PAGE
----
The Real Deal New York

City botched Astoria Cove affordable housing numbers

Officials looked at outdated maps when setting levels for applicants for below-market units

October 31, 2014 09:15AM

From left: Council Speaker Melissa Mark-Viverito, rendering of Astoria Cove and Alma Realty's Steve Valiotis

From left: Council Speaker Melissa Mark-Viverito, rendering of Astoria Cove (Credit: Studio V Architecture) and Alma Realty’s Steve Valiotis

City planners miscalculated the affordable housing requirement at the proposed Astoria Cove development on the Queens waterfront, officials admitted.

Alma Realty is looking to re-zone the area to build a massive new mixed-use development that will include roughly 1,700 residential units. The developer has proposed that 20 percent of the units will be set aside for those who earn 80 percent or less of the area median income. In 2013, that number was $68,700 for a family of four. It turns out, however, that — in order to get a tax break from the state — Alma Realty will have to dedicate 20 percent of the apartments to households that make less than 60 percent of the area median income. In 2013, this was $51,540 for a family of four.

Because planners at the city’s Department of Housing Preservation and Development looked at outdated maps, according to Crain’s, the affordable units will actually have to be made available to residents who make less than that. Council members, as well as Borough President Melinda Katz, have demanded a higher percentage of affordable units.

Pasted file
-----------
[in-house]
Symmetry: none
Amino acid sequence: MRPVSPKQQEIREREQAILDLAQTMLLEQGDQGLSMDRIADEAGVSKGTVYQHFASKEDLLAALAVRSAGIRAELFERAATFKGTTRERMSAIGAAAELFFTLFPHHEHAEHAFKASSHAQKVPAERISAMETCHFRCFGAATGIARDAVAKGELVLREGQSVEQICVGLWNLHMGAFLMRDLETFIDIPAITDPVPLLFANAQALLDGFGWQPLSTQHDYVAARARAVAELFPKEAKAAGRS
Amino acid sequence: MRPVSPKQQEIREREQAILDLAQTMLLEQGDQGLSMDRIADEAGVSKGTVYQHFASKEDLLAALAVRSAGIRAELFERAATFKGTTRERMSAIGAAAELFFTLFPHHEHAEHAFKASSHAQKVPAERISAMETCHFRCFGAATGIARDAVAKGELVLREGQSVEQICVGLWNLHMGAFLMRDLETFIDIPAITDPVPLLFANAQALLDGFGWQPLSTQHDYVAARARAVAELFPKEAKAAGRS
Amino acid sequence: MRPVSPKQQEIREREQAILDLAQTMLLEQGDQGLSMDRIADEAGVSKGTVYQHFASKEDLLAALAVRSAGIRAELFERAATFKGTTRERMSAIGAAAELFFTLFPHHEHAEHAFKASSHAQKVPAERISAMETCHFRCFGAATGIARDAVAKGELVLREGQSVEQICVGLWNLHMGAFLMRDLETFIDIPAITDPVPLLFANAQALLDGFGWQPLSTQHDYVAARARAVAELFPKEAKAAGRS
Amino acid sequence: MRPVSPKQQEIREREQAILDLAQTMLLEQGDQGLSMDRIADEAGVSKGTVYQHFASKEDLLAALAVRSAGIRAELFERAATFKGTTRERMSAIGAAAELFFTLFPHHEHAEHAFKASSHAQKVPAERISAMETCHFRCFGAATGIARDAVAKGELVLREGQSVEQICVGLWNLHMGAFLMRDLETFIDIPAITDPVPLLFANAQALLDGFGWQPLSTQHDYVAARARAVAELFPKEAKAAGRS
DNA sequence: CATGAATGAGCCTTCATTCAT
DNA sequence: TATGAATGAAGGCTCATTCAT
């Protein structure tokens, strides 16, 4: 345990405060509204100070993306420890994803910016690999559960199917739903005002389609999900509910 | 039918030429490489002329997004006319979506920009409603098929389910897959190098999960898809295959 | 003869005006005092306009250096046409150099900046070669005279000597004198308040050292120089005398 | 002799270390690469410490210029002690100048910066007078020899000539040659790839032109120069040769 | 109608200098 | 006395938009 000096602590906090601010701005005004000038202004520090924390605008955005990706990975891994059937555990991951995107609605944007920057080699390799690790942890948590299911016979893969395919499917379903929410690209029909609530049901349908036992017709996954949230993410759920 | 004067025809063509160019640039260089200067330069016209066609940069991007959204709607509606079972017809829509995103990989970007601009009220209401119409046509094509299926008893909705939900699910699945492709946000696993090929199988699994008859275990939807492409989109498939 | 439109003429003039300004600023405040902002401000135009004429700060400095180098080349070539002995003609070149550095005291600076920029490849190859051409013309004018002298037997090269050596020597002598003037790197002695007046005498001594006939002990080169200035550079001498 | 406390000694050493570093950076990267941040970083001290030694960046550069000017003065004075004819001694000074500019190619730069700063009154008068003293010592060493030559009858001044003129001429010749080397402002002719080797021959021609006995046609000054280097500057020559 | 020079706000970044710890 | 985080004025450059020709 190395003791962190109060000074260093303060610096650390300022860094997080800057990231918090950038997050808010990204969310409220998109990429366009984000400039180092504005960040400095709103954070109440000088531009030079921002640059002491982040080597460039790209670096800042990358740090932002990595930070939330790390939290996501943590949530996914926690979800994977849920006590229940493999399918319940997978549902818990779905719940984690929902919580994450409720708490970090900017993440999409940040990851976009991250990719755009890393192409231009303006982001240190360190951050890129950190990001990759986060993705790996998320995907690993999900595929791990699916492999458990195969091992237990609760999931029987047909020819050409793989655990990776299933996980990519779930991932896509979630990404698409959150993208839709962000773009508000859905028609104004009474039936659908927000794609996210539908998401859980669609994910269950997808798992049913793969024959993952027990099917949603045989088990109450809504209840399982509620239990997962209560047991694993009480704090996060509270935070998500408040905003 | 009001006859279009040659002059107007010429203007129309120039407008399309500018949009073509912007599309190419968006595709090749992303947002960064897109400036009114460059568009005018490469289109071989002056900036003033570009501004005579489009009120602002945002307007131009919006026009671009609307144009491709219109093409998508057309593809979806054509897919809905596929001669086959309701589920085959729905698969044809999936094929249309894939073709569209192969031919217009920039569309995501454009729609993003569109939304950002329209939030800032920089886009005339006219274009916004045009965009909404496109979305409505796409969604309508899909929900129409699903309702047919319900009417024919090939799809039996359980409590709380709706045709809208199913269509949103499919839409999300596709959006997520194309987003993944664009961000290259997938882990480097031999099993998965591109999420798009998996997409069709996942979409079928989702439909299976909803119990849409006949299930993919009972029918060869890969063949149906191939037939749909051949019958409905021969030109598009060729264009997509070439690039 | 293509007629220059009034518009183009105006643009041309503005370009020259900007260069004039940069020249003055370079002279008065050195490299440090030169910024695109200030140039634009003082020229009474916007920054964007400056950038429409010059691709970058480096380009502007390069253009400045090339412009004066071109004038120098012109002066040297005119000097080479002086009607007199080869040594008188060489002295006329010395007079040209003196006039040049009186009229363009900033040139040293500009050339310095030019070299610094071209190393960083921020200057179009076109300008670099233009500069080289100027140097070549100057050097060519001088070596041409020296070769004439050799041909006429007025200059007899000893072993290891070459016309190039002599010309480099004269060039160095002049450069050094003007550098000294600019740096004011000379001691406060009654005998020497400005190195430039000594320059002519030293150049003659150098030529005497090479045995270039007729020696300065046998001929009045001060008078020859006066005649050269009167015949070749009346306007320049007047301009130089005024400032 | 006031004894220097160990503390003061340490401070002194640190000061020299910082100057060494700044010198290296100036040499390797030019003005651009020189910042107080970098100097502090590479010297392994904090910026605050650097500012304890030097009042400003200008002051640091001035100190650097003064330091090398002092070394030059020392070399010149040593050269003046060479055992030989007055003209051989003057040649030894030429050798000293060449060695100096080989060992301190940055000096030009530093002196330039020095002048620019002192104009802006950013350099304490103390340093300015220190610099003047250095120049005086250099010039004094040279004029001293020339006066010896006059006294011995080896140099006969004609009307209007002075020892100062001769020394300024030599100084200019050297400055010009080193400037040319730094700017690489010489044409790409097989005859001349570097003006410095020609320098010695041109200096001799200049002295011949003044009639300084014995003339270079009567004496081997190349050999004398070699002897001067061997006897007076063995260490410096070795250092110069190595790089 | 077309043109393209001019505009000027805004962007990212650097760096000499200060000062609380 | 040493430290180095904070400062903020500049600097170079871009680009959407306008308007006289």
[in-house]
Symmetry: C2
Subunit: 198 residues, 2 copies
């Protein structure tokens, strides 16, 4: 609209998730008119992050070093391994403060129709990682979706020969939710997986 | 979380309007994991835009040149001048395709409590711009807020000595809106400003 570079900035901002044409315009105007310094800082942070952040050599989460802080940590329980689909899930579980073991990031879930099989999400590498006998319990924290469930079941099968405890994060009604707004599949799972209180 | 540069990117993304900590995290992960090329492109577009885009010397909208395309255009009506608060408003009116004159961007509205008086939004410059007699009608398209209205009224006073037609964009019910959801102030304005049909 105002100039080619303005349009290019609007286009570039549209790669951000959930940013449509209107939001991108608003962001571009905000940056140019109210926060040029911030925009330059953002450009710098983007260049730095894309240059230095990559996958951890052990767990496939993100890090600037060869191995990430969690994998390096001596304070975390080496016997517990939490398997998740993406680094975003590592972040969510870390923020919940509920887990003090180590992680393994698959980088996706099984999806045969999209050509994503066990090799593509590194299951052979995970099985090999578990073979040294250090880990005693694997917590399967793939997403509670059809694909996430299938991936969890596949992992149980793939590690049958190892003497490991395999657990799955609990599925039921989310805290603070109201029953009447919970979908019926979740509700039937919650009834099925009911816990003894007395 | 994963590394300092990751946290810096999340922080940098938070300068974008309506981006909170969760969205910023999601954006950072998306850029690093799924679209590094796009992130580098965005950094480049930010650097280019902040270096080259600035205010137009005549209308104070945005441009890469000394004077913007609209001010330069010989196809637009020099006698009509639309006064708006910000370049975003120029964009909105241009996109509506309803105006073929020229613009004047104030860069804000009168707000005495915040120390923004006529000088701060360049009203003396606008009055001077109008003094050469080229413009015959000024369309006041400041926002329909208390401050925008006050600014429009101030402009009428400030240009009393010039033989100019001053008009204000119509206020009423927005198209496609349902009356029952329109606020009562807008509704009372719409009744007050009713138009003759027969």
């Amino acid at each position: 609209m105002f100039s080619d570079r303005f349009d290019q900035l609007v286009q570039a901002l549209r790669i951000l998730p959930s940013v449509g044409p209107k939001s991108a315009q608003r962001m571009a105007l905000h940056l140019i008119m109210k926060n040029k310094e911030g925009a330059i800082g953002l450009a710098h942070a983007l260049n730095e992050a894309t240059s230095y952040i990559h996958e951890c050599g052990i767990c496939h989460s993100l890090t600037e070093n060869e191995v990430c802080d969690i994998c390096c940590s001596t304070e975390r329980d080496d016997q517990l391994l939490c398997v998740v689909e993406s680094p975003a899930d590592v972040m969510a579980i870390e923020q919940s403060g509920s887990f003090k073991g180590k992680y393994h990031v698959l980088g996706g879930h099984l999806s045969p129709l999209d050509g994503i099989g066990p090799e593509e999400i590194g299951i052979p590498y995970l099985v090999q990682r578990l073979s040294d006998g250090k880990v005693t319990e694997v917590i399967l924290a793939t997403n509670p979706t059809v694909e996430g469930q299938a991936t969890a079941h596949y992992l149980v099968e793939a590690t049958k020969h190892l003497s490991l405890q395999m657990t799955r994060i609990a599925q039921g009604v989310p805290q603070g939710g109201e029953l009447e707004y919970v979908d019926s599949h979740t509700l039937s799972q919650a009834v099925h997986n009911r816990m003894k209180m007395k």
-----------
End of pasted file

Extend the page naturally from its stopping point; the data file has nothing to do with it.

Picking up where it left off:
“This doesn’t change the fact that affordable housing will be mandatory instead of voluntary and doesn’t alter the project’s economics,” an HPD spokesman said in a statement, cited by Crain’s. “We’re just relieved we caught it while the council is still deliberating the project and has a chance to weigh this as they make their decision.”

The City Planning Commission approved the plan last month. The City Council is slated to vote on the project at the end of November. [Crain’s] — Claire Moses

 

 

 

  • David Brown

    “doesn’t alter the project’s economics”? I understand that Astoria Cove isn’t to receive any sudsidies from NYC for low income tenants. Hence all they will collect only a capped percentage of the tenants income. However 30% of $51K is $5K per year less than 30% of $68K. Multiply that by a minimum of 340 apartments (20% offered) that is $1.7M per year. At a 6% capitalization rate that is roughly a $30MM reduction in value. Personally I’d call that an alteration!

    • Bullied and Damaged by Rent Re

      Is this an intentional kindness disguised as a blunder? basically, basic Astoria has now been polished up while still remaining Queensy and lower income people will be invited to share in the community improvements in a still unintimidating setting. It’s kind of just shifting typical Corona and Jackson Heights residents a few stops down the 7 train, right?

MENU